PS. Have you ever seen the movie Il Postino? If you like Pablo Neruda then you should see it.

Being Brazen said...

Love Pablo Neruda....truly.

I am having writers block today - So i will not torture you by attempting to write a bad peome here :)

Helen said...

"If you forget me" is beautiful! Although I don't know if I would have it read at my wedding... Although maybe... hmmm...

dizzblnd said...

Great job on both poems. I like how you incorporated "tongue" into the poem of the hanger. I will never look at one the same again ;)

Shania said...

I'm quite jealous of TSC. It's long been my dream to be a professional student. And your poems are very lovely!

Poetry Sue said...

wow... What a great ode! both of them! I have to many to share just one. You can check them all out on my other blog poetrysue1.blogspot.com Now I'm off to write and ode to something...

Slyde said...

those were great! you've got some talent, girl..

Tamara said...

Jackson's Mom: He is awesome. Although "If you forget me" is a bit sad for me.

I haven't seen that movie. Thanks for the heads up.

Brazen: I'll harass you for a poem on another day then.

Helen: I feel the same.

Dizzblnd: Your coathangers will all pull tongues at you from now on ;-)

Shania: I'm jealous too. But I had my three years, now he can have his.

Sue: I look forwrad to reading it.

Slyde: thanks. *blush* Compliments from you mean the world.

Dash said...

i love how well you made them flow. so nice to read, some people don't think about that when they are writing a poem - too many actually.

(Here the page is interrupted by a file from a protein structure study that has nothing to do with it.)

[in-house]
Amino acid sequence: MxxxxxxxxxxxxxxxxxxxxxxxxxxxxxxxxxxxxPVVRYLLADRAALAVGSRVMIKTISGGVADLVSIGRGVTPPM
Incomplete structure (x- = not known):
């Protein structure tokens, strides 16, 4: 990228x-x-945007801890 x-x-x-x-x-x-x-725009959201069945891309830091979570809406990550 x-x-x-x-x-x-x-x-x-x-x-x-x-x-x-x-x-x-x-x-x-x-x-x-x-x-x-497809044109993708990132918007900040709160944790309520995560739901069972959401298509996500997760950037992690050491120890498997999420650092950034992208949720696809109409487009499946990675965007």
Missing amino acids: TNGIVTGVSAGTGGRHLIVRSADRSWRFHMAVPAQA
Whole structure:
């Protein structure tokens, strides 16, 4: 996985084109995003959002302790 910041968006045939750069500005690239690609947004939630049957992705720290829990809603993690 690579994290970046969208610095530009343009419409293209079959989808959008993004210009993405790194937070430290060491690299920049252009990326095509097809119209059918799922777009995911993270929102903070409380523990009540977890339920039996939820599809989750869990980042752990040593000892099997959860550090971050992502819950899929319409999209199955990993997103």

Tamara said...

Thanks, Dash. Appreciate your compliment.

po said...

I love your hanger one. Maybe I will give this a bash this weekend. But I feel a bit intimidated, yours are so good!

Katia Shtefan said...

Wow--that must have been a great poetry workshop because your poems are fantastic! I especially like the one about the pillow. It definitely comes to replace certain things in our lives.

If you really like Neruda, check out Red Poppy at www.redpoppy.net. It's a non-profit set up to create a documentary biographical film about Neruda and to translate his works into English.

Here is an ode that I wrote a few months ago. It was not inspired by Neruda's odes, so the style is very different.

An Ode to Peanut Butter (11/24/08)

Smooth as a newly paved street
or scabrous as the Andes.
Enticer of grains,
greens,
jams,
jellies,
and black jewels.
Oh, do Thou chain me to thy cliffs,
that as Prometheus,
counting daily,
I may one day
—the first and last day of light!—
discover the full measure
of my despicable humanity,
the mud
from which my murky form didst come.
Oh Thou that gratifieth all desires,
pour out Thyself
into this aching cavity,
or rather let me swim
in Thy viscid brown expanse,
partaking
of Thy sweetly saline waters,
collecting
Thy fragile pebbles,
and finally
finding repose on your waves,
as does Vishnu
on the sea
of nothingness.

Eternally Curious said...

Alas! As much as I love to write, I have never loved to write poetry. I do love to read it. Just never could write it well at all. Thanks for sharing yours though! Very enjoyable.

Tamara said...

Po: Please do!

Katia: Welcome, fellow peanut butter admirer ;-) Thanks for sharing your awesome ode.

Eternally Curious: Thanks. Hoping I can access your blog today. it gave me bat last week.

angel said...

i like the pillow one!